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Linux

Our Low Orbit Helium Assisted Navigator (LOHAN) mission took to the stage at the linux.conf.au 2016 in Geelong last Friday, as Linux guru and Vulture 2 spaceplane autopilot wrangler Andrew Tridgell gave an entertaining speech on his currently UAV endeavours.

Tridge kicked off his presentation (video here) with a look at the two vehicles he and CanberraUAV are prepping for the 2016 UAV Challenge - a petrol-driven chopper and a VTOL quadplane.

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More in Tux Machines

Today in Techrights

today's leftovers

Kernel Space: Linux, Graphics

Leftovers: Software

  • Introducing Stremio, a More Complete and Powerful Popcorn Time Alternative
    Stremio is an application built with Electron that streams and plays movies, TV shows, Youtube channels, and TV channels, from torrents. Sounds familiar?
  • mt-st project new homepage
    A short public notice: mt-st project new homepage at https://github.com/iustin/mt-st. Feel free to forward your distribution-specific patches for upstream integration!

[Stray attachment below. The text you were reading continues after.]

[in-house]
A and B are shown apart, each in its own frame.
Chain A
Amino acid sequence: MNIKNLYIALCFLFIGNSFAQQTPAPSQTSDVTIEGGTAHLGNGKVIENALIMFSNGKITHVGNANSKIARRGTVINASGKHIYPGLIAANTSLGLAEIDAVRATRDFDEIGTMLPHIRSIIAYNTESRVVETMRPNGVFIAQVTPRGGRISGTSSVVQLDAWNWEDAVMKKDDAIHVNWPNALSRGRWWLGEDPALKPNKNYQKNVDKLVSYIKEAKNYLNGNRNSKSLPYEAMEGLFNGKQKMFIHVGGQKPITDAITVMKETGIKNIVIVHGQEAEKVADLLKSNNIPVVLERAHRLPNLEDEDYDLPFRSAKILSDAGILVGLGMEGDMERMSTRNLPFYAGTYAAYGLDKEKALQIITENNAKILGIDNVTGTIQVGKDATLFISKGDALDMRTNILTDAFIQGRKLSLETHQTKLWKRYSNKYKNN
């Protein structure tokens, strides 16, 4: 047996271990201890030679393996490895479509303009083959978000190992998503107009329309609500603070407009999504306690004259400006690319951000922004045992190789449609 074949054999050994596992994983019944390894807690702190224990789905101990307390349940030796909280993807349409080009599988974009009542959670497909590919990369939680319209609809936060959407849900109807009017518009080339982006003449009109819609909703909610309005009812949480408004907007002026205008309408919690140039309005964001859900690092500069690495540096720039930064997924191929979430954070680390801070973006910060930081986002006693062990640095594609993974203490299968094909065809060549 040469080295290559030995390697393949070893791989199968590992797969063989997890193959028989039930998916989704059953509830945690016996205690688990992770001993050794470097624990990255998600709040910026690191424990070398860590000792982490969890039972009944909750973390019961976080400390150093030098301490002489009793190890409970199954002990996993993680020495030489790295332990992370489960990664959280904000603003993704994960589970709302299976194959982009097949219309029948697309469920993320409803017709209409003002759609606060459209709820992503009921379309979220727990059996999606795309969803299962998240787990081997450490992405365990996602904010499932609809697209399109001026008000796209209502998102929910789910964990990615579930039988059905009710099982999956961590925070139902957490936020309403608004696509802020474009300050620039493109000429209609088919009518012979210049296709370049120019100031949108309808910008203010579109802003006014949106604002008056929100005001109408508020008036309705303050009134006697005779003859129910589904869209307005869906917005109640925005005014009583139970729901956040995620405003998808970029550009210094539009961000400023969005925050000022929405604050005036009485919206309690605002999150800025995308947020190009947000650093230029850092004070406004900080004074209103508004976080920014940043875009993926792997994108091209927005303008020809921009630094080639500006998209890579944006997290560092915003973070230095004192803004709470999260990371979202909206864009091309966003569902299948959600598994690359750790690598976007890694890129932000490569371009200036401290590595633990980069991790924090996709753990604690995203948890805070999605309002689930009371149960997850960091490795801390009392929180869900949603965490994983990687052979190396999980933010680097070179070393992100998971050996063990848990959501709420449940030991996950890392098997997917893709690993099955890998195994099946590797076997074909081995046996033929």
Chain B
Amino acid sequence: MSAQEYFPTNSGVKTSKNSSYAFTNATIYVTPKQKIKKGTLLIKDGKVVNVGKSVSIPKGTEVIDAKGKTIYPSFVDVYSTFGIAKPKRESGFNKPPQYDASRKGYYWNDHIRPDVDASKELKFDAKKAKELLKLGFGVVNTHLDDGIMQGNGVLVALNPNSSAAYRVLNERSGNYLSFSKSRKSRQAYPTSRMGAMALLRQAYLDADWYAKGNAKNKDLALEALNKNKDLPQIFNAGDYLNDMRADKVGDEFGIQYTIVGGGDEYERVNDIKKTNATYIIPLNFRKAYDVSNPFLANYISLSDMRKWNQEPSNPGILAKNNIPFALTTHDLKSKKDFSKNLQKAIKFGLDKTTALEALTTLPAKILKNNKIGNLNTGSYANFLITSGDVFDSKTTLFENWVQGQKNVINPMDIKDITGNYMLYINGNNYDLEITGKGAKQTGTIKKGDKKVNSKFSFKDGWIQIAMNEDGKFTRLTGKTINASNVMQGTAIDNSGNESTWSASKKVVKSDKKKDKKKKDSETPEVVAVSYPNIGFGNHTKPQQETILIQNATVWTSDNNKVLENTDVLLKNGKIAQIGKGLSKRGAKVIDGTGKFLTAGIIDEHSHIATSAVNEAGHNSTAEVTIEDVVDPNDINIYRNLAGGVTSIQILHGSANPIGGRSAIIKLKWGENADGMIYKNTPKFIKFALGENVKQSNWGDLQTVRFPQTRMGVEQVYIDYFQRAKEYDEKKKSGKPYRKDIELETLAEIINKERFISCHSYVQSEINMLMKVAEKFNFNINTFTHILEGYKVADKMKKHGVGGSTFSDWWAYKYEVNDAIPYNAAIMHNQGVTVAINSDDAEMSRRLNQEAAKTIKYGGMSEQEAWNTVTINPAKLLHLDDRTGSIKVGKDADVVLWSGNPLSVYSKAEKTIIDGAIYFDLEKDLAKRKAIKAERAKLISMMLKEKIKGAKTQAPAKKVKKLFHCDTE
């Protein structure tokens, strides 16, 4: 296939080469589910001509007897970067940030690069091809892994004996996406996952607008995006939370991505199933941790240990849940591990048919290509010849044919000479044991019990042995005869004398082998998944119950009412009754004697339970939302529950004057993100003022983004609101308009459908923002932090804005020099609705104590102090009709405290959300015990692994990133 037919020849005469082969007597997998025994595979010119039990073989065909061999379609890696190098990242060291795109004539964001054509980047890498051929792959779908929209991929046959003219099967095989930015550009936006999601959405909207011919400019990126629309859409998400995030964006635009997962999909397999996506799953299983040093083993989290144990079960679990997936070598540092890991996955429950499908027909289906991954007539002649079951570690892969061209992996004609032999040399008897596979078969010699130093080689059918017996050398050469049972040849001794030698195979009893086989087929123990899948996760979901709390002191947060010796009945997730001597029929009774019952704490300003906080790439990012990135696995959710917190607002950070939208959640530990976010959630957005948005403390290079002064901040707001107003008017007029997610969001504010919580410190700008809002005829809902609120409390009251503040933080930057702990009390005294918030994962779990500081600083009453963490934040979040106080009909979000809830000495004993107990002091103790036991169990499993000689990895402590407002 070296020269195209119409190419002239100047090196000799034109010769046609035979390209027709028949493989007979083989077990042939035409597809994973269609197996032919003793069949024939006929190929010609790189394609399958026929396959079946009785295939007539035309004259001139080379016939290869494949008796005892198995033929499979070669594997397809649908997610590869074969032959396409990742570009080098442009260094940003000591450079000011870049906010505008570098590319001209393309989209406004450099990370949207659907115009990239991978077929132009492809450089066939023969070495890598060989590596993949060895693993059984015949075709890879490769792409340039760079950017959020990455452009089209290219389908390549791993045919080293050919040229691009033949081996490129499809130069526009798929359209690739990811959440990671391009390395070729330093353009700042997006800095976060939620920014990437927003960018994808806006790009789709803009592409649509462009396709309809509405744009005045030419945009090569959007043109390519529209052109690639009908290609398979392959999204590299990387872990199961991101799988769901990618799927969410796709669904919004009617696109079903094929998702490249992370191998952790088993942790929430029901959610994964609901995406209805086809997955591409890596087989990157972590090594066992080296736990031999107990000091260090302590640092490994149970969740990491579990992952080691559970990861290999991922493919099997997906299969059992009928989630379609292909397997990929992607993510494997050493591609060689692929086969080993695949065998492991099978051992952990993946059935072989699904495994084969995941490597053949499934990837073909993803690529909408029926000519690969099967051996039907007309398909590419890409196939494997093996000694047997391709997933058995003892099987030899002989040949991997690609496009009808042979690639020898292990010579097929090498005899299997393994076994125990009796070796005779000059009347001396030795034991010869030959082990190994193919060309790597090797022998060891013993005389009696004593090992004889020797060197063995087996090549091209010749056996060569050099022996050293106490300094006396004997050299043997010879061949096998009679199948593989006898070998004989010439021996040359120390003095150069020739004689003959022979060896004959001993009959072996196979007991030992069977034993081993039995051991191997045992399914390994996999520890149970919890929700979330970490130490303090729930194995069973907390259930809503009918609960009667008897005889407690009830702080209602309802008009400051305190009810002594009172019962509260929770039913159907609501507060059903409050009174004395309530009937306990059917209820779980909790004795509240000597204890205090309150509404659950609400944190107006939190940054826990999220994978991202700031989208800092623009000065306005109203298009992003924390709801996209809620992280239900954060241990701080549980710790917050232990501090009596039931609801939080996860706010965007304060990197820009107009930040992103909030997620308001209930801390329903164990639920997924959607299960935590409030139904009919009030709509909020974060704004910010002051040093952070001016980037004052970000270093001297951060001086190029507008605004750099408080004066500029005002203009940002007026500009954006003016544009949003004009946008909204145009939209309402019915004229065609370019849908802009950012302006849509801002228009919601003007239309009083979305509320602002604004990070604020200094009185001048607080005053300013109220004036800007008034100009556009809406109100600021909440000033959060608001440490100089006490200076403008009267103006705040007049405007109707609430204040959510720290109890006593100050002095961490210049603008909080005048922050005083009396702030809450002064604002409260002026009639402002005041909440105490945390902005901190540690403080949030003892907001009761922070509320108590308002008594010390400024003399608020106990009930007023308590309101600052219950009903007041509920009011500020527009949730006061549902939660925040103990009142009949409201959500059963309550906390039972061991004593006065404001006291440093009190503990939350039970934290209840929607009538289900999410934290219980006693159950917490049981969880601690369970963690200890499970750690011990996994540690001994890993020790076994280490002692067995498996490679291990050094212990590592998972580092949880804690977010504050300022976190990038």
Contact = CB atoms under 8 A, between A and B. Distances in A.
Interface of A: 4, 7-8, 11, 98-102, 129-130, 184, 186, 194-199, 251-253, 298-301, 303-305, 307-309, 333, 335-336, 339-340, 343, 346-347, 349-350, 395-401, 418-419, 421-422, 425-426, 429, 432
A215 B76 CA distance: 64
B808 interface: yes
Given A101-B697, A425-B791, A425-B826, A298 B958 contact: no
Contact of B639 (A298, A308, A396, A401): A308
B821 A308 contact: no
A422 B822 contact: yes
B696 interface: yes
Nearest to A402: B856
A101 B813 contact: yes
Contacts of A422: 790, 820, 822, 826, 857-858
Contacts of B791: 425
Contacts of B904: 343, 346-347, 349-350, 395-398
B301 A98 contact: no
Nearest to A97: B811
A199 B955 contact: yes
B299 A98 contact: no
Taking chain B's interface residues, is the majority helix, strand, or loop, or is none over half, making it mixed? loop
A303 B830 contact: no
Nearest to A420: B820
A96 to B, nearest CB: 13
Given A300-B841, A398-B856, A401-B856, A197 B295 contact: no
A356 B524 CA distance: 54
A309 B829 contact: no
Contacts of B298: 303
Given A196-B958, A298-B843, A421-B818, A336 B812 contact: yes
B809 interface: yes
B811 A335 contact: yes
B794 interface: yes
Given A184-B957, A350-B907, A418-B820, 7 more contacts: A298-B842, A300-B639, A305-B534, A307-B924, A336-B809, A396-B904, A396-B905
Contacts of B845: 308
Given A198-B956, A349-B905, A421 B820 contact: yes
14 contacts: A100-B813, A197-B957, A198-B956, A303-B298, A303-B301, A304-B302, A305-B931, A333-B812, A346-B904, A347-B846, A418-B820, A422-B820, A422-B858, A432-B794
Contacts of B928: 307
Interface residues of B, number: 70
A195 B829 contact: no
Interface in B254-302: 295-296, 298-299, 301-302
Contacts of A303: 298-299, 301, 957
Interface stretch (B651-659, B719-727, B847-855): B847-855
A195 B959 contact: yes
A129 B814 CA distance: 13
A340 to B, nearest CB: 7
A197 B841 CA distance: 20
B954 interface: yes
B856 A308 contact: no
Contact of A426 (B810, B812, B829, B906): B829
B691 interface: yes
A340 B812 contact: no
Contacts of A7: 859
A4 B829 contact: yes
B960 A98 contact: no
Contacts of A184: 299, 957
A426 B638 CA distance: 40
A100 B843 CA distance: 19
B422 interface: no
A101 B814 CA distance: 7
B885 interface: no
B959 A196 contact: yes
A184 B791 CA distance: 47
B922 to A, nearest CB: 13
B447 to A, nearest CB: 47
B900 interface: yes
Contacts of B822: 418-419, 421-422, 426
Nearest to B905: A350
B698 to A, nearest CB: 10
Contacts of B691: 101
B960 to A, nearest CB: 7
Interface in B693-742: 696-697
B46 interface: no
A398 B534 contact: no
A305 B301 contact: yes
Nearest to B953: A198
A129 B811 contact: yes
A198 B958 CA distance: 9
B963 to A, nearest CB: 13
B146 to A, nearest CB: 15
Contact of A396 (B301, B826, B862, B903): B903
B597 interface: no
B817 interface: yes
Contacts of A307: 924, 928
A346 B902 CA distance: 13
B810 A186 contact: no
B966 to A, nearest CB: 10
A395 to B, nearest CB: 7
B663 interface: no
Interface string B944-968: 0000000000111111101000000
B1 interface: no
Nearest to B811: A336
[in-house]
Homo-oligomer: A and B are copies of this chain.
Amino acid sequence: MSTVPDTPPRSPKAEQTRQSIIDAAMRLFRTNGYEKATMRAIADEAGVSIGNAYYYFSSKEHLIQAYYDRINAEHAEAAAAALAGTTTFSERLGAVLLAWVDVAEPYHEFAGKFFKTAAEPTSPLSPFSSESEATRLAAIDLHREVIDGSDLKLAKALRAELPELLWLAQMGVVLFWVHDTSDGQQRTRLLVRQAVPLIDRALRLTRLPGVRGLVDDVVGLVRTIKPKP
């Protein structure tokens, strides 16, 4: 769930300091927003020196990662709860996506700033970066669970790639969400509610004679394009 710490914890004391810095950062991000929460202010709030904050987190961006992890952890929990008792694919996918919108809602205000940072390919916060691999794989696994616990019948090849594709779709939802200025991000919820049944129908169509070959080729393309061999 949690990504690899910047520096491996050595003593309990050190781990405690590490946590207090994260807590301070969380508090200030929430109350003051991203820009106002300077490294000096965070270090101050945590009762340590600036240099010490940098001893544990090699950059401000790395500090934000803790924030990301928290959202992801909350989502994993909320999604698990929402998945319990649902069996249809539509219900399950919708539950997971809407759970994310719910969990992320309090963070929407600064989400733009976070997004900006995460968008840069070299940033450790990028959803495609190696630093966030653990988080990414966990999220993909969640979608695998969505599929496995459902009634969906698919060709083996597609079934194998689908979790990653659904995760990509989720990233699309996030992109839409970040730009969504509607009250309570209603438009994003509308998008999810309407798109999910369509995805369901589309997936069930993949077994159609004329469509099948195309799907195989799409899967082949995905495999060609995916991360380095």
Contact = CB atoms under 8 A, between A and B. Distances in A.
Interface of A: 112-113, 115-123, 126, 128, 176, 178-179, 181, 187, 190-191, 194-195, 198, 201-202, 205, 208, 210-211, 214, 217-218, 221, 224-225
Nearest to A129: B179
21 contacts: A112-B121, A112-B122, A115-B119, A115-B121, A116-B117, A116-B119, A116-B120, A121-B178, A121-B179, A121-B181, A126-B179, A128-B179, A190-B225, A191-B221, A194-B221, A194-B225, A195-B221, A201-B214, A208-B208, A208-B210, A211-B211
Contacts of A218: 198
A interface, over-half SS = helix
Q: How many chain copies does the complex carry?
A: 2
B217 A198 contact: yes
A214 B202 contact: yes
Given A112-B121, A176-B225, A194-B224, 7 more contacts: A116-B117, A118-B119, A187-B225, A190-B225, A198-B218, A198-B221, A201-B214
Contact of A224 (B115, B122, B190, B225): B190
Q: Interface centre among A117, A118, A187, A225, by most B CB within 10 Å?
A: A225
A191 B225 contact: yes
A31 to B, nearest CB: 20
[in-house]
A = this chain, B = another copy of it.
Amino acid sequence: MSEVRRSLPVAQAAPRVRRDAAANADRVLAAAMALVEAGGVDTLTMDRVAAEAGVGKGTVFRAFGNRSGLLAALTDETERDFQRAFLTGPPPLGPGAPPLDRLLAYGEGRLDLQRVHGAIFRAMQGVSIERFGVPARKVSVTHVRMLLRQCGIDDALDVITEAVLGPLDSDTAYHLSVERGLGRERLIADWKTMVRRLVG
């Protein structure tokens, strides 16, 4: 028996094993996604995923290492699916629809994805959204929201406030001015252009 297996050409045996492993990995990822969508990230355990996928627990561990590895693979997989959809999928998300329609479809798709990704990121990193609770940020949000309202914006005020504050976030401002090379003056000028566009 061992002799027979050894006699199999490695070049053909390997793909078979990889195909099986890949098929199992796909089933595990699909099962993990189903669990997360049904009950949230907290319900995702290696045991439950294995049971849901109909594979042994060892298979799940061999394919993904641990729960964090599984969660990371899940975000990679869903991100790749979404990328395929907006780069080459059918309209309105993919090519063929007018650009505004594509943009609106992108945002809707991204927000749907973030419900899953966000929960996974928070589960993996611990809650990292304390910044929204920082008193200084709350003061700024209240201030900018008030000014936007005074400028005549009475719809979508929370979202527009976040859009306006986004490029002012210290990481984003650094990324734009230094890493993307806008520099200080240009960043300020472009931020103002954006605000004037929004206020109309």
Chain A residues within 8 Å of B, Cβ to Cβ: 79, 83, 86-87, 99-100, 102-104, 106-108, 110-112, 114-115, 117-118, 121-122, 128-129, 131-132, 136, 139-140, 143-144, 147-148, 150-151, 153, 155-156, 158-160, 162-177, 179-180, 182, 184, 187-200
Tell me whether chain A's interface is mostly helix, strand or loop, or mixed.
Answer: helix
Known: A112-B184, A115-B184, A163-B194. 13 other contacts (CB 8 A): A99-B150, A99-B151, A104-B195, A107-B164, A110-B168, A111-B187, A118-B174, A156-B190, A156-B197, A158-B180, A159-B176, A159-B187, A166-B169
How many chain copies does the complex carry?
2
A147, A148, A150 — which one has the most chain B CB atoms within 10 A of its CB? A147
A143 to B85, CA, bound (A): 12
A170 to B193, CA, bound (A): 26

• letsencrypt support in propellor
    I'm using the reference letsencrypt client. While I've seen complaints that it has a lot of dependencies and is too complicated, it seemed to only need to pull in a few packages, and use only a few megabytes of disk space, and it has fewer options than ls does. So seems fine. (Although it would be nice to have some alternatives packaged in Debian.)
  • New release: usbguard-0.4
    I’m not dead yet. And the project is still alive too. It’s been a while since the last release, so it’s time to do another. The biggest improvements were made to the rule language by introducing the rule conditions and to the CLI by introducing a new command, usbguard, for interacting with a running USBGuard daemon instance and for generating initial policies.
  • The Improvements To GNOME's Nautilus 3.20 FIle Manager
  • Nautilus 3.20 Will Be a Major Upgrade, Here's What's New
    A new GNOME major upgrade is on its way, and it will ship with Nautilus 3.20. One of the developers working on it has presented some of the major features that will land.